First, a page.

The book is rated 4.62/5 at goodreads.com, from 10998 ratings. See 1487 reader reviews at: http://bit.ly/2uwbOSH.
Buy it or see reader reviews on amazon.com at: http://amzn.to/2uw6tLh.

A literature book recommendation: The Accusation: Forbidden Stories from Inside North Korea by Bandi

A critic review (source National Post arts) can be read at: http://bit.ly/2wwEEOV.
The Accusation is a powerful work that seems destined to serve as the go-to example, and indictment, of life in the Democratic People’s Republic of Korea.
Book description from Google Books:
The Accusation is a deeply moving and eye-opening work of fiction that paints a powerful portrait of life under the North Korean regime. Set during the period of Kim Il-sung and Kim Jong-il’s leadership, the seven stories that make up The Accusation give voice to people living under this most bizarre and horrifying of dictatorships. The characters of these compelling stories come from a wide variety of backgrounds, from a young mother living among the elite in Pyongyang whose son misbehaves during a political rally, to a former Communist war hero who is deeply disillusioned with the intrusion of the Party into everything he holds dear, to a husband and father who is denied a travel permit and sneaks onto a train in order to visit his critically ill mother. Written with deep emotion and writing talent, The Accusation is a vivid depiction of life in a closed-off one-party state, and also a hopeful testament to the humanity and rich internal life that persists even in such inhumane conditions.
The book is rated 4.07/5 at goodreads.com, from 1354 ratings. See 266 reader reviews at: http://bit.ly/2xak9ep.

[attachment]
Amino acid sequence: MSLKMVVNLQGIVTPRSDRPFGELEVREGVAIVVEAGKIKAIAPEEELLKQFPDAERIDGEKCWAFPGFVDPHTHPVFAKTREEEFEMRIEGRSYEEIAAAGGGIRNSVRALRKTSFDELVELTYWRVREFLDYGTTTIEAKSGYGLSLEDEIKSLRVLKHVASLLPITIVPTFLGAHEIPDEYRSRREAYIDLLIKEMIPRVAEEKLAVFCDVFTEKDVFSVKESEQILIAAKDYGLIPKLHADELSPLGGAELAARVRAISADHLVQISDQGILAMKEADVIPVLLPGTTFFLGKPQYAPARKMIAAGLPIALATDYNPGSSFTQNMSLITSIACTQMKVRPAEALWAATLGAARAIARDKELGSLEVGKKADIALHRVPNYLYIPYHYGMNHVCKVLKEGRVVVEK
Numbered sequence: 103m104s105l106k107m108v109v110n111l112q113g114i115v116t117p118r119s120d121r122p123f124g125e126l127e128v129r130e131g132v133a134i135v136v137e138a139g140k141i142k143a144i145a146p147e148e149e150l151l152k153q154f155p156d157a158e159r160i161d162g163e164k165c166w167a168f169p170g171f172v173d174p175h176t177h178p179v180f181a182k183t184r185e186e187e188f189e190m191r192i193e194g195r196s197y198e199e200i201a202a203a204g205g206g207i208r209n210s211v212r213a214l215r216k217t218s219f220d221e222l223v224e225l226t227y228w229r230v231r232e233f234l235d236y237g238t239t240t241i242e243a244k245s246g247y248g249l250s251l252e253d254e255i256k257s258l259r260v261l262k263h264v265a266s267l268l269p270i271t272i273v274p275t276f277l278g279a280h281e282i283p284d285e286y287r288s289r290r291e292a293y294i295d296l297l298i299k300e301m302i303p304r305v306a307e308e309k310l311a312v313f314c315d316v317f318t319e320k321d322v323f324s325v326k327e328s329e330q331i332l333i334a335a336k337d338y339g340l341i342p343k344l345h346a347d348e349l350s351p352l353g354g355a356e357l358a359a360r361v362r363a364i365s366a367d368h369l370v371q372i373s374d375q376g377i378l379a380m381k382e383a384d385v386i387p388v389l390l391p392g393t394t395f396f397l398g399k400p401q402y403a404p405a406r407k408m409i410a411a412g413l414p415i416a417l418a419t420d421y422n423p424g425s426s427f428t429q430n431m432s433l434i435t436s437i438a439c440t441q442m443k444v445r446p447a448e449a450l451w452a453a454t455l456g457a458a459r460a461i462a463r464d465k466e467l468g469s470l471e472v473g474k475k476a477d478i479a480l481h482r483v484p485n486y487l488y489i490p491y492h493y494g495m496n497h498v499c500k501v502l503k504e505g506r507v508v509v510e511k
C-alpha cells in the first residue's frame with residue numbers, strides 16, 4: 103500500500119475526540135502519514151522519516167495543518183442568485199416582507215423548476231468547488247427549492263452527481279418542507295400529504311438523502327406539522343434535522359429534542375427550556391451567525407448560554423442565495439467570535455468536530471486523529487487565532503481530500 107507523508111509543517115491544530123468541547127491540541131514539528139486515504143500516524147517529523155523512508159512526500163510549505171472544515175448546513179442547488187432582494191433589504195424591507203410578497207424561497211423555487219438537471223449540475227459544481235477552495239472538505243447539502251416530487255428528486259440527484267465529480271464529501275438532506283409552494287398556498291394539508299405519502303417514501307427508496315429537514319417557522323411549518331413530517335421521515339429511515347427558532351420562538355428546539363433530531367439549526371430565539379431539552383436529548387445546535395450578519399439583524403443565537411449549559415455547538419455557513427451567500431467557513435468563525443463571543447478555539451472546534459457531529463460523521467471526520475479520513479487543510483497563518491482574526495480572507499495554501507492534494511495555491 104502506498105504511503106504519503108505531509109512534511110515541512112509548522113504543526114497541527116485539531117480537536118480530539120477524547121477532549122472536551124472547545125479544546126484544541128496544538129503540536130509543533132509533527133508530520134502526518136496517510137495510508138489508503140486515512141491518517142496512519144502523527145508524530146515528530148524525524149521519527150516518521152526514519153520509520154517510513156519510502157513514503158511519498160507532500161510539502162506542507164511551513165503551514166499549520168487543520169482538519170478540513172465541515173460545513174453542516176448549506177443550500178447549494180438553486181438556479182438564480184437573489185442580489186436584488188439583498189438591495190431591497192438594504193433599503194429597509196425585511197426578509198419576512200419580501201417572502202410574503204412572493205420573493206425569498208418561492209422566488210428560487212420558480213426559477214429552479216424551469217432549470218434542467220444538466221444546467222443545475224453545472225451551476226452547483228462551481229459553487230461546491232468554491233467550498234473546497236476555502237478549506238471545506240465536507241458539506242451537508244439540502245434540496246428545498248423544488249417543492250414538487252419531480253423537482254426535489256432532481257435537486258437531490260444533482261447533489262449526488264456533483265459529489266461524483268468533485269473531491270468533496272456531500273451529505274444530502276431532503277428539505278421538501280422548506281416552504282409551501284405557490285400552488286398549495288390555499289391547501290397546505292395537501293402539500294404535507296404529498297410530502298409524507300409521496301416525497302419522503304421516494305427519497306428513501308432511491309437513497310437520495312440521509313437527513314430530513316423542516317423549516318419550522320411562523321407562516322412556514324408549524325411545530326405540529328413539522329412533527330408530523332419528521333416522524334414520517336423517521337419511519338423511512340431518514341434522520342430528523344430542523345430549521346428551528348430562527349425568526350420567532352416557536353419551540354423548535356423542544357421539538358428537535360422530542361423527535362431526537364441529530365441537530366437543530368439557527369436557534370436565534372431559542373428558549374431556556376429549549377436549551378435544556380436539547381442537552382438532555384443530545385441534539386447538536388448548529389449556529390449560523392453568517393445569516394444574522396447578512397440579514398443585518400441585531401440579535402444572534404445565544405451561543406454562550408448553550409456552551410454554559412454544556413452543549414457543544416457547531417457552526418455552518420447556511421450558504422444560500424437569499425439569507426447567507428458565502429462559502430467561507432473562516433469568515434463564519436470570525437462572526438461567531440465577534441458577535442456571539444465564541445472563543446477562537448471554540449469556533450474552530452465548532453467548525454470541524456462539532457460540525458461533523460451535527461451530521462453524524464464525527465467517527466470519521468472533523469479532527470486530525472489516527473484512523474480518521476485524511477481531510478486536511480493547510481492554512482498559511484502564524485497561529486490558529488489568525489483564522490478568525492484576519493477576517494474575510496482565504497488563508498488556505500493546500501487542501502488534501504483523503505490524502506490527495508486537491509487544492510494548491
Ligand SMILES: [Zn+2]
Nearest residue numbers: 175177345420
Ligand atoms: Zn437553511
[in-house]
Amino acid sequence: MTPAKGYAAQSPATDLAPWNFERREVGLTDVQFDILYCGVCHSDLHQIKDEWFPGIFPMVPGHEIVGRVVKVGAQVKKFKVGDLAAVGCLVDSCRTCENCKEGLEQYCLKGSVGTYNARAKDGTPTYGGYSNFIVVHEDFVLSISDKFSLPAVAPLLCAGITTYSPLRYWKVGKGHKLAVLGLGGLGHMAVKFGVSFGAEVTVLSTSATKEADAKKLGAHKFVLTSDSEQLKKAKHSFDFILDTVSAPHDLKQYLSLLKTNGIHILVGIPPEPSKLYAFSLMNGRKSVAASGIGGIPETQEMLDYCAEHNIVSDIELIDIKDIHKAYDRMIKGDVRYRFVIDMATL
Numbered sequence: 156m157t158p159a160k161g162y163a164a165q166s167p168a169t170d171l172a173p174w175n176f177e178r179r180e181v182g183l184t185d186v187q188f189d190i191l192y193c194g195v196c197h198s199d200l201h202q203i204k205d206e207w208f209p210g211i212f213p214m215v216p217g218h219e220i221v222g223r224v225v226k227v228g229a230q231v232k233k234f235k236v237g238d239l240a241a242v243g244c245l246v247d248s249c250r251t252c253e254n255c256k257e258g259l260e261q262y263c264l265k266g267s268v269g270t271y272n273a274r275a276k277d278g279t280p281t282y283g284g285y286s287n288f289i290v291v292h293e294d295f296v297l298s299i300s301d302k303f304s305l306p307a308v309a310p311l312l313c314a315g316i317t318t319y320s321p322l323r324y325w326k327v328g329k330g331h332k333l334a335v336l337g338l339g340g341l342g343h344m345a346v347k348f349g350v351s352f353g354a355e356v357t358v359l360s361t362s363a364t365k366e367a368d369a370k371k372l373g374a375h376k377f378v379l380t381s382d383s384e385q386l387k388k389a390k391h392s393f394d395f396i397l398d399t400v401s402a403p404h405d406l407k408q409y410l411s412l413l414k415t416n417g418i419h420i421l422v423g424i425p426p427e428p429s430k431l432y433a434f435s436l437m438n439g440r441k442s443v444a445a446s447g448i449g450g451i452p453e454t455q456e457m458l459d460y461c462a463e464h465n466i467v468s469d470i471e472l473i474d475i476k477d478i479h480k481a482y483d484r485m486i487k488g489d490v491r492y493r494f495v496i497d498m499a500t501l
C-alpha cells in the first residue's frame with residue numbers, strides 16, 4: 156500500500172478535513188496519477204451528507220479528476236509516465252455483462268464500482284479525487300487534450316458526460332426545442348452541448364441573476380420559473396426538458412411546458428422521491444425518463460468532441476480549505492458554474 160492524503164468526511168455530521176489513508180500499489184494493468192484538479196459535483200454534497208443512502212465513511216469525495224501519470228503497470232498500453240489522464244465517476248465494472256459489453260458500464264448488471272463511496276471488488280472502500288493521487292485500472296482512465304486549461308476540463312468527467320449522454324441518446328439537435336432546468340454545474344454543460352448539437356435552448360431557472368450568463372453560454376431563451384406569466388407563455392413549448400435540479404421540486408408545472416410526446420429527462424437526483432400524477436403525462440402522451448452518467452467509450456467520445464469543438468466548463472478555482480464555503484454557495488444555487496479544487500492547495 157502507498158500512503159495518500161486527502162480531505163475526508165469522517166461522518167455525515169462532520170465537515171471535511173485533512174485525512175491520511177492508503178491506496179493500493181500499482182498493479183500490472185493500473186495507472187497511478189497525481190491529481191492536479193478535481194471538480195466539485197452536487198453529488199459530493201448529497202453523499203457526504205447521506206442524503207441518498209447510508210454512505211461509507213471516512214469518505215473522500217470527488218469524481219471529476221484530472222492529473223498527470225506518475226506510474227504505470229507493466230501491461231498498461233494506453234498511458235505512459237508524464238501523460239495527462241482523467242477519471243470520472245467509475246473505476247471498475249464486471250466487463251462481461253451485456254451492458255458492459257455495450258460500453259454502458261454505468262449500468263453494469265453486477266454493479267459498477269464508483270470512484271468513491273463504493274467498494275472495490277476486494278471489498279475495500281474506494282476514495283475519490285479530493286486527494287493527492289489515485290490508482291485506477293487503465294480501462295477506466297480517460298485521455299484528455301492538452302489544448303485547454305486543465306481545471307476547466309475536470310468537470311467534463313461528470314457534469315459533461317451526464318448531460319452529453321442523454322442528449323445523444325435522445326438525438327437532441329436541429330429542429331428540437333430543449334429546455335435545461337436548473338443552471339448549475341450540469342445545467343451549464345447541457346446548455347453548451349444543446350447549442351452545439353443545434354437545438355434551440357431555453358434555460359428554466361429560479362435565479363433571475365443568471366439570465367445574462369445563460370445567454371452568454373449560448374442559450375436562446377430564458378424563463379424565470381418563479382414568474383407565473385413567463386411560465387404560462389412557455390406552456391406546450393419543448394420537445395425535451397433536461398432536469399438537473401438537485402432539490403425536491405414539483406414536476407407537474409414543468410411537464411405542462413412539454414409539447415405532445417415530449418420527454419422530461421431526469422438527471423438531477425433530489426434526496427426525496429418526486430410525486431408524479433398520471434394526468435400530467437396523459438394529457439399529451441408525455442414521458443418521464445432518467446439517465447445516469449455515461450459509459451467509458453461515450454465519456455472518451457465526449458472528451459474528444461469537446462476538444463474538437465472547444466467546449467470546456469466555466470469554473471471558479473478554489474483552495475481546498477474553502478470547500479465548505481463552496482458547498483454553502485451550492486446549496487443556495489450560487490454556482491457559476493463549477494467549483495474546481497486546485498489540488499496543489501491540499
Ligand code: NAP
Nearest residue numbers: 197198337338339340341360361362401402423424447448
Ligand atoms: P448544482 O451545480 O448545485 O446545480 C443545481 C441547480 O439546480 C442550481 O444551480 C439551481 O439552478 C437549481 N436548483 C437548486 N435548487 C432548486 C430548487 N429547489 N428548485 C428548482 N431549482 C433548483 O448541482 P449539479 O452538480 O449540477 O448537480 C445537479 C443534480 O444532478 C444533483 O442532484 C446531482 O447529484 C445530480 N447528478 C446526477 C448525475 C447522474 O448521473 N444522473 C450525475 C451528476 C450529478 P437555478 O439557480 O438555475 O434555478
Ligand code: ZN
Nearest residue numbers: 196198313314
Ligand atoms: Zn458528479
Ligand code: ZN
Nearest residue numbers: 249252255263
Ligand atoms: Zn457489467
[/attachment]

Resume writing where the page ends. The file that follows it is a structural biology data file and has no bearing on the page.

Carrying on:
Buy it or see reader reviews on amazon.com at: http://amzn.to/2x9U5Aa.

A literature book recommendation: Son of a Trickster by Eden Robinson

A critic review (source National Post arts) can be read at: http://bit.ly/2uEXdoh.
As dark as it is, the novel is also, as one might expect from Robinson, frequently hilarious, prompting laughter not just against the darkness, but from it. It is also, ultimately, hopeful, although – as Jared would tell you – that might just be an illusion…
Book description from Google Books:
With striking originality and precision, Eden Robinson, the Giller-shortlisted author of the classic Monkey Beach and winner of the Writers’ Trust Engel/Findley Award, blends humour with heartbreak in this compelling coming-of-age novel. Everyday teen existence meets indigenous beliefs, crazy family dynamics, and cannibalistic river otter . . . The exciting first novel in her trickster trilogy. Everyone knows a guy like Jared: the burnout kid in high school who sells weed cookies and has a scary mom who’s often wasted and wielding some kind of weapon. Jared does smoke and drink too much, and he does make the best cookies in town, and his mom is a mess, but he’s also a kid who has an immense capacity for compassion and an impulse to watch over people more than twice his age, and he can’t rely on anyone for consistent love and support, except for his flatulent pit bull, Baby Killer (he calls her Baby)–and now she’s dead.      Jared can’t count on his mom to stay sober and stick around to take care of him. He can’t rely on his dad to pay the bills and support his new wife and step-daughter. Jared is only sixteen but feels like he is the one who must stabilize his family’s life, even look out for his elderly neighbours. But he struggles to keep everything afloat…and sometimes he blacks out. And he puzzles over why his maternal grandmother has never liked him, why she says he’s the son of a trickster, that he isn’t human. Mind you, ravens speak to him–even when he’s not stoned.      You think you know Jared, but you don’t.